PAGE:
Illustration by Emma Olswing
Valentine’s Day gets all the credit for serving up amorous vibes, but allow us to make a bold claim: Halloween is hands-down the horniest holiday. The last day of October is an aesthetic, psychological, sartorial, and chemical wonderland for sex and pleasure. Here are some ways All Hallow’s Eve has us feeling monstrously lusty.
Halloween encourages our shadow selves.
There’s a key concept in Jungian psychology called the “shadow”: the unknown, unconscious side of our personality. "Everyone carries a shadow," Carl Jung wrote, "and the less it is embodied in the individual's conscious life, the blacker and denser it is." Immortalized in the characters of Dr. Jekyll and Mr. Hyde (and embodied in supernatural beings that come alive at night, like vampires and werewolves), our “shadows” are ripe to be released on Halloween, a night that embraces the world’s darker side. This concept is even baked into the holiday’s Celtic and pagan origins, which marked this liminal space as the end of the harvest season and the advent of winter.
Our “shadow” can also be an expression of our true nature, without inhibitions—and pleasure is at its peak when our inhibitions are down. What better way to get into the Halloween spirit than indulge the alter-ego that you repress in everyday life? This spooky night gives us permission to let our darkness run wild. (Safely and consensually, of course!)
Costumes stoke our fantasies. (Roleplay, anyone?)
We hate to state the obvious, but a costume or disguise can be a great way to act out a sexual fantasy. Some of the most classic sexual roleplay characters—teacher, nurse, vampire, cop—also happen to be bullseye Halloween costumes. But really, any costume can help unearth your deep-seated desires to explore power dynamics or try on a new persona. It’s a night where all bets are off when it comes to cultural expectations; it might be the perfect moment to, say, dress in drag or explore one’s exhibitionist side. Halloween’s wigs, clothes, and props all set the stage for a seamless fantasy scenario. That’s a good thing, because let’s face it: Roleplaying can be awkward!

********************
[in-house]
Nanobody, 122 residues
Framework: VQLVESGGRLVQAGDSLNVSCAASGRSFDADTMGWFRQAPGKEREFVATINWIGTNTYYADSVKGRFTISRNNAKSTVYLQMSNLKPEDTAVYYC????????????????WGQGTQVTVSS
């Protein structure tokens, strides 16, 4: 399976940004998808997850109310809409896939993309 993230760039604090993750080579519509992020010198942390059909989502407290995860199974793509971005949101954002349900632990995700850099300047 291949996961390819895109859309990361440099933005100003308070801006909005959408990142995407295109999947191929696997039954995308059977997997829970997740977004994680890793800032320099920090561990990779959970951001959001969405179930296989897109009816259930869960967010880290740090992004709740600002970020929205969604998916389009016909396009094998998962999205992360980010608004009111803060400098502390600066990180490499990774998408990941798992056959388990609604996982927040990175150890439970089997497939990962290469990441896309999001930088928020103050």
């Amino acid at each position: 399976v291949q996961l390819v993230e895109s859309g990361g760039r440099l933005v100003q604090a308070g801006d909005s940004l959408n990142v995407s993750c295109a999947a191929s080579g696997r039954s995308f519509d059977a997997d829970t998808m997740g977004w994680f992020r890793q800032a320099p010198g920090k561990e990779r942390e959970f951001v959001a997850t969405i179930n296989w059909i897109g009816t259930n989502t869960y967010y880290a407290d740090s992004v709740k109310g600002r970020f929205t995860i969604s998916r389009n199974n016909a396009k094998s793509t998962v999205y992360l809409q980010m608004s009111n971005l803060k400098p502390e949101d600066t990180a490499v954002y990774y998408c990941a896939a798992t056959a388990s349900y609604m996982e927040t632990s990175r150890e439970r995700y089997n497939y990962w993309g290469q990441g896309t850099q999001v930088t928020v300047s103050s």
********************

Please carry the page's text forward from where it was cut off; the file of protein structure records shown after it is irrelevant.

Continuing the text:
Fear turns us on. Science says so.
Numerous studies have long connected fear with sexual attraction. Fear heightens the senses, and many of the physical responses during “fight or flight”—like increased heart rate and blood pressure, or dilated pupils—are also associated with arousal. Estrogen encourages our sex drive, but also generates feelings of fear and anxiety. Oxytocin, the “cuddle hormone,” can also be triggered by fear.
This spooky night gives us permission to let our darkness run wild.
So whether you’re on the couch watching a scary movie or holding your lover’s hand during a haunted house, the year’s scariest holiday is the perfect recipe for romance. And if Halloween’s spookiness becomes too much for us, a cheek-flushing romp can bring some life-affirming energy to a very death-focused holiday.
Autumn makes us want sex.
Studies have shown that testosterone—the hormone behind our sex drives—actually rises during fall, even for cis women. Scientists don’t quite know why this is the case, although many other species have a fall “rutting season,” and more babies are born in August (exactly nine months after Halloween). Sperm production is also at its lowest during the summer and early fall, and when those numbers rebound, they come back with a vengeance. Meanwhile, temperatures are dropping, which invites more cuddling.
Chocolate and pumpkins are aphrodisiacs.
A much-publicized 2006 study from The Journal of Sexual Medicine found that, among Italian women, a single cube of chocolate made women’s libidos more active and helped them achieve better sexual function. The scientists found that it was thanks to two chemicals: a compound called phenylethylamine, which is released in the brain when people fall in love, and tryptophan, a building block of serotonin, which is a component of sexual arousal. Granted, there are very small amounts of these chemicals in chocolate, so your trick-or-treat candy isn’t exactly a silver bullet for sparking sexual desire. But it can’t hurt!
There’s also evidence that the smell of pumpkin makes men horny. One study out of Chicago's Smell and Taste Treatment and Research Center found that a combination of lavender and pumpkin pie produced a 40% increase in penile blood flow. (Then again, only 31 men participated in the study, so take those results with a grain of salt.)
The light is right.
What does a romantic dinner and a spooky Halloween seance have in common? Candles! Soft lighting can help us relax and make us feel more confident about our bodies, both of which can nudge along some sexy time. Plus, candles can present an excellent opportunity for titillating wax play. (Just make sure those candles don’t have scents or additives!)